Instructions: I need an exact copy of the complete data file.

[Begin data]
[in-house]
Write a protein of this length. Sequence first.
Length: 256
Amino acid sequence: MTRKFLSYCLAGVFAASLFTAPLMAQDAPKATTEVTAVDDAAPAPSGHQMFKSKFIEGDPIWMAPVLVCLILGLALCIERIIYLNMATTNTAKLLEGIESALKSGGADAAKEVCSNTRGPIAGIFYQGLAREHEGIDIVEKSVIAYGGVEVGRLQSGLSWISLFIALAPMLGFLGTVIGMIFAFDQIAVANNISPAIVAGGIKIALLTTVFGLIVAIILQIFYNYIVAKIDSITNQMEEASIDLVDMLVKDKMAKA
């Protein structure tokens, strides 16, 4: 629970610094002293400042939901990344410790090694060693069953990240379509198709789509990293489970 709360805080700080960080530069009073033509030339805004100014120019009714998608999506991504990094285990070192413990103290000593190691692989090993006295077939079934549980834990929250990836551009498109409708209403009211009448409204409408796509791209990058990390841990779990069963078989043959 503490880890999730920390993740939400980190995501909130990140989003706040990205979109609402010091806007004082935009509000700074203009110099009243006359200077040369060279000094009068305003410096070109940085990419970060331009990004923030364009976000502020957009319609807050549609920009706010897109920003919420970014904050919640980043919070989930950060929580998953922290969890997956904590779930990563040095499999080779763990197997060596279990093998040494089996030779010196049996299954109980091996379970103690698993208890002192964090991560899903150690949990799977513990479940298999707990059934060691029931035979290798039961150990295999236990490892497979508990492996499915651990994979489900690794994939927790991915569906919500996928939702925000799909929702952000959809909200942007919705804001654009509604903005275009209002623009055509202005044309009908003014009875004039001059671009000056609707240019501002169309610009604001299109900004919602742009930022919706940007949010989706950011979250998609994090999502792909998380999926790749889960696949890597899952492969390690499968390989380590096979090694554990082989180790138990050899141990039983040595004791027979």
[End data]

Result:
[in-house]
Write a protein of this length. Sequence first.
Length: 256
Amino acid sequence: MTRKFLSYCLAGVFAASLFTAPLMAQDAPKATTEVTAVDDAAPAPSGHQMFKSKFIEGDPIWMAPVLVCLILGLALCIERIIYLNMATTNTAKLLEGIESALKSGGADAAKEVCSNTRGPIAGIFYQGLAREHEGIDIVEKSVIAYGGVEVGRLQSGLSWISLFIALAPMLGFLGTVIGMIFAFDQIAVANNISPAIVAGGIKIALLTTVFGLIVAIILQIFYNYIVAKIDSITNQMEEASIDLVDMLVKDKMAKA
């Protein structure tokens, strides 16, 4: 629970610094002293400042939901990344410790090694060693069953990240379509198709789509990293489970 709360805080700080960080530069009073033509030339805004100014120019009714998608999506991504990094285990070192413990103290000593190691692989090993006295077939079934549980834990929250990836551009498109409708209403009211009448409204409408796509791209990058990390841990779990069963078989043959 503490880890999730920390993740939400980190995501909130990140989003706040990205979109609402010091806007004082935009509000700074203009110099009243006359200077040369060279000094009068305003410096070109940085990419970060331009990004923030364009976000502020957009319609807050549609920009706010897109920003919420970014904050919640980043919070989930950060929580998953922290969890997956904590779930990563040095499999080779763990197997060596279990093998040494089996030779010196049996299954109980091996379970103690698993208890002192964090991560899903150690949990799977513990479940298999707990059934060691029931035979290798039961150990295999236990490892497979508990492996499915651990994979489900690794994939927790991915569906919500996928939702925000799909929702952000959809909200942007919705804001654009509604903005275009209002623009055509202005044309009908003014009875004039001059671009000056609707240019501002169309610009604001299109900004919602742009930022919706940007949010989706950011979250998609994090999502792909998380999926790749889960696949890597899952492969390690499968390989380590096979090694554990082989180790138990050899141990039983040595004791027979």